Five AI Principles To Put In Practice
From tech vendors to governments to industry consortia to the Vatican, it seems that every day a new entity is announcing its set of AI principles — broad guidelines for how AI systems should be responsibly developed, trained, tested, and deployed. On the surface, this is great news, as it demonstrates an awareness of the fact that AI unleashed on the world with little forethought could have disastrous societal and economic consequences. In an enterprise context, this means assessing the risks and benefits of AI adoption carefully. Unfortunately, however, developing a list of lofty principles and deciding how to put those principles into practice across your organization are two very different things. For example, fairness sounds like a great goal, but there are at least 21 different definitions of fairness you can implement in your AI models. The devil, as always, is in the details.
In general, most entities’ AI principles to develop safe, ethical, responsible, trusted, and acceptable AI have coalesced around a set of five areas (though they may go by different names): fairness and bias, trust and transparency, accountability, social benefit, and privacy and security. Forrester has extensive existing and upcoming research on how to apply each of these AI principles to your business:
- Fairness and bias. This principle is concerned with ensuring that artificially intelligent systems do not harm people and customers through inequitable treatment. The report “The Ethics Of AI: How To Avoid Harmful Bias And Discrimination” explains how AI systems can inherit bias and provides guidance on preventing bias from an organizational and technical perspective. On the supply side, there’s a new market emerging of technology vendors and service providers who offer toolkits and frameworks to help ensure the ethical development and implementation of AI systems. We are just kicking off a New Tech report on this nascent market. If you provide a solution or services in this area, please email my research associate Aldila Yunus at email@example.com.
- Trust and transparency. Since many AI systems are black boxes or unintelligible to human beings, there is often a need for explainability/interpretability. The reports “Evoke Trust With Explainable AI” and “What Software Developers Don’t Know About Neural Networks Could Hurt Them” discuss the explainability/accuracy trade-off in machine learning, provide a framework to determine when to prioritize one over the other, and talk about what developers should consider before adopting AI technologies. As AI gets infused into many types of new and classic software applications, the report “No Testing Means No Trust In AI: Part 1” is a call to software developers who will need to apply testing disciplines and practices to AI-infused applications and AI-based autonomous software.
- Accountability. AI systems are often the result of a complex supply chain that may involve data providers, data labelers, technology providers, and systems integrators. When an AI system goes wrong, then who is to blame? And how can you prevent it from going wrong in the first place? We are currently researching this topic and plan to publish our report in June. If you’d like to contribute to this research, please contact my research associate Aldila Yunus at firstname.lastname@example.org.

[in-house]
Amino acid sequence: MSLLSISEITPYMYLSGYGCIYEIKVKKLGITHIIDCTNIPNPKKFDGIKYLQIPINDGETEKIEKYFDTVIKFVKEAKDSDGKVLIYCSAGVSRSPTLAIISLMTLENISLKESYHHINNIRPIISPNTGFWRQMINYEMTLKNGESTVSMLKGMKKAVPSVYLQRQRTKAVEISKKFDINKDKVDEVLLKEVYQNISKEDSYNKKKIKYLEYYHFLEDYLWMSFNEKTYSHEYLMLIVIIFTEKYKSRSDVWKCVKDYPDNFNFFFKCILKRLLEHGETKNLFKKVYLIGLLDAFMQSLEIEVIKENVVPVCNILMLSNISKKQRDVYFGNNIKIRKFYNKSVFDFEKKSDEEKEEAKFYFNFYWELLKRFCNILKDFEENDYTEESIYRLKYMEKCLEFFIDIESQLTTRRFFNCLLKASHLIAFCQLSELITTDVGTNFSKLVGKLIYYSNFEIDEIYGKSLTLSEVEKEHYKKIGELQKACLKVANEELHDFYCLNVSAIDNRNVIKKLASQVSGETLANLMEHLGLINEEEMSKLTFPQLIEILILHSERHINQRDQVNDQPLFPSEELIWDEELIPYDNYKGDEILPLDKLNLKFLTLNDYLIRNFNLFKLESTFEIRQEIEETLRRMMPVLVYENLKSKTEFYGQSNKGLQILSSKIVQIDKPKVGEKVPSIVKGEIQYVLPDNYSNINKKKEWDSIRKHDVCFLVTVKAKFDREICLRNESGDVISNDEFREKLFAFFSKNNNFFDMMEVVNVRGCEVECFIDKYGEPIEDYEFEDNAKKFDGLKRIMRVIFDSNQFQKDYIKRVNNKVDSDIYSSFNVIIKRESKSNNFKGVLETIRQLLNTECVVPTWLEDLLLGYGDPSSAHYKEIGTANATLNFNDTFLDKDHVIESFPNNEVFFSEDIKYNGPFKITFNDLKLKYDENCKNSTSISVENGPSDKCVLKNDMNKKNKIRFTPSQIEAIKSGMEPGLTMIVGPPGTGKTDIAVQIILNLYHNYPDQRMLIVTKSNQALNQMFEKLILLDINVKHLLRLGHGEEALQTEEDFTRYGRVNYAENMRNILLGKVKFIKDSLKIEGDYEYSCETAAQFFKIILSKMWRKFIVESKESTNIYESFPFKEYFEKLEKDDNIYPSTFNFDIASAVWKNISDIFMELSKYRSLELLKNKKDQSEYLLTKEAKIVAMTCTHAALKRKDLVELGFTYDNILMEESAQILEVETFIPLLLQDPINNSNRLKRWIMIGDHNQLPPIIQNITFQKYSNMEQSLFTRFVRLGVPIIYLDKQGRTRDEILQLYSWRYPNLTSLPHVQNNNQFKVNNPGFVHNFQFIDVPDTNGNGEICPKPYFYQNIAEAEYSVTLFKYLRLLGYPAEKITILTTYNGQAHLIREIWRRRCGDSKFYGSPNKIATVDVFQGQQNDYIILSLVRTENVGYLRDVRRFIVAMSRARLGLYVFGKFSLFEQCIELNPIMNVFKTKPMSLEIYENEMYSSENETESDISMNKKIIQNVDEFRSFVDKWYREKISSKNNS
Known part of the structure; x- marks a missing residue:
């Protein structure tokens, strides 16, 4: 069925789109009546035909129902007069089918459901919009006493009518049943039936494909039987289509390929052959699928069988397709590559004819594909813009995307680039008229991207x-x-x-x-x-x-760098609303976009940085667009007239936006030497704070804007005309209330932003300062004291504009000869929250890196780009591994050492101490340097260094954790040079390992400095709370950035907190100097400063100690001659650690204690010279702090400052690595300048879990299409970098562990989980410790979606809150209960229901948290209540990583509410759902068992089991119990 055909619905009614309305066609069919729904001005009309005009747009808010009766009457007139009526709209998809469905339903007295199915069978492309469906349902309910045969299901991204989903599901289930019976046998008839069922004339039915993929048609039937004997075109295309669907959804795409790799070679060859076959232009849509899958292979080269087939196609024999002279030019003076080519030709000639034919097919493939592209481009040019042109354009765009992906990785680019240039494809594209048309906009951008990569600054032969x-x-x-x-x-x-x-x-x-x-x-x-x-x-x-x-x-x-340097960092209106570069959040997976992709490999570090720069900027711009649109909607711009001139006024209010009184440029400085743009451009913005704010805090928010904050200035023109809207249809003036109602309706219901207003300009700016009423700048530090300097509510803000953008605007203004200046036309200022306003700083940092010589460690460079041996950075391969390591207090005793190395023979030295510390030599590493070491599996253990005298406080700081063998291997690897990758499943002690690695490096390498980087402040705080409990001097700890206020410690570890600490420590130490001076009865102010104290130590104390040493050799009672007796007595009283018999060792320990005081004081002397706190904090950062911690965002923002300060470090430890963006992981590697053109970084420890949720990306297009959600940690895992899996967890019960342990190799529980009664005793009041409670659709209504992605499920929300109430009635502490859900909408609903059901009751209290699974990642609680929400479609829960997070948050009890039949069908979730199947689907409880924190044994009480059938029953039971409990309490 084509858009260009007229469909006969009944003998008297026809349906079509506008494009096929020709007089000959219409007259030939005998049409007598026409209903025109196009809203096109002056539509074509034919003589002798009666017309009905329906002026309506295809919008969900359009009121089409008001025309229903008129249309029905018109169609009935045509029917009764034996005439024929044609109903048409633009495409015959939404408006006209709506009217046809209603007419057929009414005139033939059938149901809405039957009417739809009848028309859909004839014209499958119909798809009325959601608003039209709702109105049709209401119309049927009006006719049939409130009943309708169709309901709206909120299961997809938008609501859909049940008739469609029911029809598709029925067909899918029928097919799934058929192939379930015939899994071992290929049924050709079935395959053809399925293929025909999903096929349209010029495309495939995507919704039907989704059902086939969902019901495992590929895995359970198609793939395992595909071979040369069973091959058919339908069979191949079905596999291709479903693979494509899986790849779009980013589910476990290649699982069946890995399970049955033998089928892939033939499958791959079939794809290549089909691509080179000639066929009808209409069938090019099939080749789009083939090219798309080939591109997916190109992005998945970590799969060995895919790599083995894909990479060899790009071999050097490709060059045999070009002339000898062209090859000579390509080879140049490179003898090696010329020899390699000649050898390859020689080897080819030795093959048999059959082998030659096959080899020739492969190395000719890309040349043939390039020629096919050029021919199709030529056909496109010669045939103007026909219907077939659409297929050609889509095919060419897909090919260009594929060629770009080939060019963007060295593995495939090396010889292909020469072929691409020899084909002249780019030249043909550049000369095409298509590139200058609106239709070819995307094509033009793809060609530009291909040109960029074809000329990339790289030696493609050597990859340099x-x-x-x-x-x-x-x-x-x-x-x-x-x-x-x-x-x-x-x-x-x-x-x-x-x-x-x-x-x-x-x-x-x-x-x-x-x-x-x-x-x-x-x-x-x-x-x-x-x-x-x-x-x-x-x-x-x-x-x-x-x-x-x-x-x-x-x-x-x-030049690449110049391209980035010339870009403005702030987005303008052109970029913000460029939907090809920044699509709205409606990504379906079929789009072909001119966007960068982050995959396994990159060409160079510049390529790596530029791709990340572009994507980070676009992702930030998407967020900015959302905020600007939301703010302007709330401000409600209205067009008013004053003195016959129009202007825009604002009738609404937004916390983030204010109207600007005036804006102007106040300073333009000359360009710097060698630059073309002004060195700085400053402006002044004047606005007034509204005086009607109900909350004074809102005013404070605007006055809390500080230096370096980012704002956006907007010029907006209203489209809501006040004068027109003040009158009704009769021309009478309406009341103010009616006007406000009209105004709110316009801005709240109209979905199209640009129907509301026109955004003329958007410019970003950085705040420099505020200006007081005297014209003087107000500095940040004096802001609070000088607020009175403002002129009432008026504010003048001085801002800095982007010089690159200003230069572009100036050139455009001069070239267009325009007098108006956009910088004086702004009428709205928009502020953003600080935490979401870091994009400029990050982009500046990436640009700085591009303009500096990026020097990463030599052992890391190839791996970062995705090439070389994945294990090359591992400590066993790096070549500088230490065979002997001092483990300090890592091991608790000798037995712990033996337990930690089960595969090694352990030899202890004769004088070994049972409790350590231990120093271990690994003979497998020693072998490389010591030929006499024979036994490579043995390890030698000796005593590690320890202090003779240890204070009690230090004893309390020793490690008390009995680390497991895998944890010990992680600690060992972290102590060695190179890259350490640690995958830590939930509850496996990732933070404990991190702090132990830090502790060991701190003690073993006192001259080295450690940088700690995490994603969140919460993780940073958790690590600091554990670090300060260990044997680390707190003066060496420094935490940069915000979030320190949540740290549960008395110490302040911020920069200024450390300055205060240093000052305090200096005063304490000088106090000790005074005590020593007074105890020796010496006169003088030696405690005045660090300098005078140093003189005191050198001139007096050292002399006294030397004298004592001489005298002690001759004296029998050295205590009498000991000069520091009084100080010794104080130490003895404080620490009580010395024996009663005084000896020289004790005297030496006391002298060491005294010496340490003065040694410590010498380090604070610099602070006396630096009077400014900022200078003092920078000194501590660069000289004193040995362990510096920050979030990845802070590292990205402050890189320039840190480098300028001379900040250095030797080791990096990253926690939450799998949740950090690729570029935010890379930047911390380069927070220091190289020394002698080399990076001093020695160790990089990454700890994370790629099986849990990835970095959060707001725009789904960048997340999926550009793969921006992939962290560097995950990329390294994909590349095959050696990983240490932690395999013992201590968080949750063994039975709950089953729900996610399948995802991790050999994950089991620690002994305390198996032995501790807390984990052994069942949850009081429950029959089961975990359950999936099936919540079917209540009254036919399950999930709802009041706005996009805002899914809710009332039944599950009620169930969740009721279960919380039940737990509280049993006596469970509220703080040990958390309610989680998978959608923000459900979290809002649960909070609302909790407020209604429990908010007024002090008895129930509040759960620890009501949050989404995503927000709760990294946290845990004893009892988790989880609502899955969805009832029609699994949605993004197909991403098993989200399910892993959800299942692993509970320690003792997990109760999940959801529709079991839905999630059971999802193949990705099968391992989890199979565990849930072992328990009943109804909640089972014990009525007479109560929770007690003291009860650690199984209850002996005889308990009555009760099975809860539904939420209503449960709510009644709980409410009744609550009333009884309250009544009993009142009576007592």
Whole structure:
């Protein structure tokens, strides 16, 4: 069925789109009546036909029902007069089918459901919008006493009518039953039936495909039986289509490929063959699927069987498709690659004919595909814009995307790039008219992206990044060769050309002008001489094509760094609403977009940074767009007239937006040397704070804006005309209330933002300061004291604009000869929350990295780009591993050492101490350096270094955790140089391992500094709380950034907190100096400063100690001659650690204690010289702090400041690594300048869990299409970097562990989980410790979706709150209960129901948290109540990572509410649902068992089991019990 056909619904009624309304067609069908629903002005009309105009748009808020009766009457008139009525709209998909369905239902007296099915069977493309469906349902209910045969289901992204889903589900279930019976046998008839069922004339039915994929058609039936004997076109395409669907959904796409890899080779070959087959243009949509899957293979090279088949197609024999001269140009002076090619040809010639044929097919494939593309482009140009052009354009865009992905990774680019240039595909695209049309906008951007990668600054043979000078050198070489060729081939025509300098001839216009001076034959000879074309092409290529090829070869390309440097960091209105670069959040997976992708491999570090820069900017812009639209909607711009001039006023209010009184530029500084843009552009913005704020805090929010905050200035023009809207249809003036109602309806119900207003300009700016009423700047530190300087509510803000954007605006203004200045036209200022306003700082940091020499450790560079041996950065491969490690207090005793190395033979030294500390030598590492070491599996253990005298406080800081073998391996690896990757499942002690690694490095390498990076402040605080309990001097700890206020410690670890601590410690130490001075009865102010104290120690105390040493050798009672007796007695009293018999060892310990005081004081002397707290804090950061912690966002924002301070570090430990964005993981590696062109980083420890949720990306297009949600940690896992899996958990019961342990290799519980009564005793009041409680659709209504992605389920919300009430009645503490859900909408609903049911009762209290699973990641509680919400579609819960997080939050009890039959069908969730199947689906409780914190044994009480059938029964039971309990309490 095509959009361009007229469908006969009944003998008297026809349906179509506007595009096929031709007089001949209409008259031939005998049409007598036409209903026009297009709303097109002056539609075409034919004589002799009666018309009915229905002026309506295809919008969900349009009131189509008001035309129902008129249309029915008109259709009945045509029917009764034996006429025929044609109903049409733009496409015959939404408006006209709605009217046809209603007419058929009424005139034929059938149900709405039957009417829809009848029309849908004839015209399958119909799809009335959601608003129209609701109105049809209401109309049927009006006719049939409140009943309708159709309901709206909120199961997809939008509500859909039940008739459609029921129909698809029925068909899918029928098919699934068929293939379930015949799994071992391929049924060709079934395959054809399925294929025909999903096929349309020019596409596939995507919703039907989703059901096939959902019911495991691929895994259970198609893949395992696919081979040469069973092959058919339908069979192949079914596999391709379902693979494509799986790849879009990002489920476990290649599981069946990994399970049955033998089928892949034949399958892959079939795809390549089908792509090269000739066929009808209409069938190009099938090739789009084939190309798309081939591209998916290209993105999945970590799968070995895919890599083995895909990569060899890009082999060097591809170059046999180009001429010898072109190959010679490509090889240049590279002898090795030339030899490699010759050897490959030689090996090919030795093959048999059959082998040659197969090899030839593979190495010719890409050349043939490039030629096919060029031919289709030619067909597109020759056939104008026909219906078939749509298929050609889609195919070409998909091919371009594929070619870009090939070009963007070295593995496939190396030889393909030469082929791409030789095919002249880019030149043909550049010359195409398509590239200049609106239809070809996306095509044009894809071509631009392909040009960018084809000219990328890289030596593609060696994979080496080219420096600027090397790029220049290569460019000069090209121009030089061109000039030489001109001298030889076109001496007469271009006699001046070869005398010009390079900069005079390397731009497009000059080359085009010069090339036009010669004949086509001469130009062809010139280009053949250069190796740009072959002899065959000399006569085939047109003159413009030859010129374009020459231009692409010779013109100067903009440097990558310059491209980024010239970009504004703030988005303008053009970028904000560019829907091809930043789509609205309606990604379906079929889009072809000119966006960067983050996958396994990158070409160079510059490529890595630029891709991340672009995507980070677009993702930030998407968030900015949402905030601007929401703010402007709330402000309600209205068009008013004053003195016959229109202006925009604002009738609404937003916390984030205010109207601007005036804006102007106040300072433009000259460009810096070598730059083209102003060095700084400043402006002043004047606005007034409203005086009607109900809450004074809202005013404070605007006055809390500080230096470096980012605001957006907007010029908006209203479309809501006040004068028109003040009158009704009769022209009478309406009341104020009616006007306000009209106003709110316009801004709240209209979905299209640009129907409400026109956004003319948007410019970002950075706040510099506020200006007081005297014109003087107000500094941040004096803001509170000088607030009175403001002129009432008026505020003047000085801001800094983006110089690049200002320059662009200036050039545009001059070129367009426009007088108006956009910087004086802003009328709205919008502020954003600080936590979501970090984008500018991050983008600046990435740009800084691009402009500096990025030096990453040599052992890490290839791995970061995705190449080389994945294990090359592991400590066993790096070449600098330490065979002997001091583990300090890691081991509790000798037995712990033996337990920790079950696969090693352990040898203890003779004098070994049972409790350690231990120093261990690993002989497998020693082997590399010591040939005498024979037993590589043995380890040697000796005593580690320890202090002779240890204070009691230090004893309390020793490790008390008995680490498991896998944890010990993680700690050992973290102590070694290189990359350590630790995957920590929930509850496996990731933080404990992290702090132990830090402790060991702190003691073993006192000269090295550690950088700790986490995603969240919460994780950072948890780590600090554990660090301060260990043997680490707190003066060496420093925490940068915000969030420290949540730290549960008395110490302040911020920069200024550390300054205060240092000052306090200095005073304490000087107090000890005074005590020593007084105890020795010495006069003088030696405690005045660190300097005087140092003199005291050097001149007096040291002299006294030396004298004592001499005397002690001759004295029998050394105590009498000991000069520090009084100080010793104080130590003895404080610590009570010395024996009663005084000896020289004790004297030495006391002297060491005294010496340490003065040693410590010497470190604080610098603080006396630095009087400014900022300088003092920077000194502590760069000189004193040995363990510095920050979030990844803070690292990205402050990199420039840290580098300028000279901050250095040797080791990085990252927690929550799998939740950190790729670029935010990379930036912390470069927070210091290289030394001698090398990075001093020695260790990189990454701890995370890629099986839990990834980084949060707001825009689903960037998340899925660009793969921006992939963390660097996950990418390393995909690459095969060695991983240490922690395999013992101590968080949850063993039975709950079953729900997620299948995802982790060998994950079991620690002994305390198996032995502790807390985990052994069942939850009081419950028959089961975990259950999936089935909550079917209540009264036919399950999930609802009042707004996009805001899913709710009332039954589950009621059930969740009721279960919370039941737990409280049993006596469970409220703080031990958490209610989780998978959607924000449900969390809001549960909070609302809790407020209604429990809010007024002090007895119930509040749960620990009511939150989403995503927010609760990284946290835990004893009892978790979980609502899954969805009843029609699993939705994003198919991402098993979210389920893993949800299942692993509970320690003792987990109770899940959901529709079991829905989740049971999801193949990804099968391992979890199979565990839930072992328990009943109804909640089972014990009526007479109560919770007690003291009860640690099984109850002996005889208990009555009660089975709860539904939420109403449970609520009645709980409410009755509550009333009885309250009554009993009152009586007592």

- Social benefit. Many technology providers and countries stipulate in their principles that AI should be used for the greater good of society. This is happening today as companies are trying to leverage AI to develop a COVID-19 vaccine. It also aligns with the expectations of a growing and influential group of values-based customers and employees that Forrester has written about in reports such as “Live Your Values To Grow Your Business.” This is an area of particular interest for me, so if you have examples of AI creating a positive social impact, please reach out.
- Privacy and security. As AI systems are trained and then used to differentiate treatment, they need to respect individuals’ privacy. Between GDPR and CCPA, this is the principle that has already seen the most legislation. And of course, we see additional legislation stemming from the fierce debate over the legality of facial recognition, as well. Forrester has a rich trove of research here. To start, please see our data security and privacy playbook.
These principles need not remain esoteric and abstract. As we all shelter in place, we have the opportunity to pause and think about the future we want to create. One thing is clear — that future will be saturated with AI. Whether that AI aligns with your values or not depends on decisions you can make today as an enterprise.
We at Forrester are always here to help you navigate this somewhat uncharted territory. Please feel free to schedule an inquiry with me or my colleagues to discuss further.